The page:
DVD REVIEW: Scarred But Smarter: The Life n’ Times of Drivin’ n’ Cryin’
Reviewed by Shane Pinnegar
“I’m 80 pounds overweight, I have crooked teeth – yeah they can do better” says singer Kevin Kinney after reckoning that his band would – and perhaps should – sack him after every gig.
Despite seven albums, a modicum of success, more than one major-label deal, Drivin’ n’ Cryin’ were crippled from the start – sometimes it doesn’t matter how good a band is, they aren’t ever gonna make it in the ‘traditional’ music biz sense. Crippling self-doubt, drug-fuelled tensions, a restless inability to settle on one sound and stick with it, and an inability to deal with what success they did garner, all added up to a revolving line-up, and all the dysfunction you could ask for.
Driving – the rock n’ roll – and cryin’ – the ballads – that’s what this band was all about, and the presciently titled debut album Scarred But Smarter was merely a drop in the ocean of the Atlanta band as they threw themselves as heartily into drug habits as they did into hard rock, folk rock, southern fried rock, repeatedly refusing to be pigeon holed or corralled by the big labels who tried to turn them into cash cows.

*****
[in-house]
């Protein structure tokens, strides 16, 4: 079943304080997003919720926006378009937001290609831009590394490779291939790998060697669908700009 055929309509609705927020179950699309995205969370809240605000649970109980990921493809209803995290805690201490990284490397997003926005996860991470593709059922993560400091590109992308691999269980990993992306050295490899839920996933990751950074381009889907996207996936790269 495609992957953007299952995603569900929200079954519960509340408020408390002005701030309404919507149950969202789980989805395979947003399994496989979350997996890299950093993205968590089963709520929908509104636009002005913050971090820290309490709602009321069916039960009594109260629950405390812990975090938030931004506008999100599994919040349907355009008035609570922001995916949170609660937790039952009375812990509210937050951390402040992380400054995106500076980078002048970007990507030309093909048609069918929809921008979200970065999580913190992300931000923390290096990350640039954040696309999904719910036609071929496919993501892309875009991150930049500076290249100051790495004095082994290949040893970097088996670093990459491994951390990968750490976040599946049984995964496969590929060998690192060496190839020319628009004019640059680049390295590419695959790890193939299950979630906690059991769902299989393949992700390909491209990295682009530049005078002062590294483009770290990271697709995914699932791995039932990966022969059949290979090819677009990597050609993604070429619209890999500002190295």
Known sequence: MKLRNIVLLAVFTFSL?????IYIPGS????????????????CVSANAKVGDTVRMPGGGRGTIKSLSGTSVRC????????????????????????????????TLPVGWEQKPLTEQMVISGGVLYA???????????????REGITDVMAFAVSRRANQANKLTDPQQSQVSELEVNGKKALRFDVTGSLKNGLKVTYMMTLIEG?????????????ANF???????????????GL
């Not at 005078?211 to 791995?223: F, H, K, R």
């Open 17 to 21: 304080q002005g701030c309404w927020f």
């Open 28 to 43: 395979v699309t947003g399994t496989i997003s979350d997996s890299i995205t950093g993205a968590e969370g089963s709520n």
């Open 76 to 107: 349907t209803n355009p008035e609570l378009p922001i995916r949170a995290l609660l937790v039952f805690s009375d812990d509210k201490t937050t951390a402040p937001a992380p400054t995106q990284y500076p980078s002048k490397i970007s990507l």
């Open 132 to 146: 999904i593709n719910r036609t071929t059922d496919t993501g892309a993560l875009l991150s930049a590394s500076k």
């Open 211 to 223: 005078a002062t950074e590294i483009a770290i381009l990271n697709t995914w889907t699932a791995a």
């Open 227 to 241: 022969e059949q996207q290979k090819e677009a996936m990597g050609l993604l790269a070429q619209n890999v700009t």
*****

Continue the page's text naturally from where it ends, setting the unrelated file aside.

Shot between 2012 and 2014, this documentary is cringingly honest, brutally forthright, cut by film maker Eric von Haessler without gimmicks or effects to simply tell the incredible story of an incredible band, featuring a bunch of damaged and eccentric musicians who shoulda been, coulda been, woulda been – but for whom compromising artistically would have meant betraying themselves at a core level.
It’s in peeling back the layers of the onion to get to the beating heart of the story that von Haessler has succeeded the most, and Scarred But Smarter is a riveting watch, uncomfortable though it is at times.
Drivin’ n’ Cryin’ continue to tour – usually with Jason & the Scorchers/Dan Baird & Homemade Sin guitarist Warner E Hodges on guitar these days – and seem to have found a comfortable place where they are happy with the success they have, the audience they have, and the ability to make eclectic music that they have.
In truth, that’s what every musician strives for deep down. It may not be a million bucks in the bank, but in many ways it’s more valuable than that.
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Filed Under: Movie & Theatre Reviews
About the Author: Editor, 100% ROCK MAGAZINE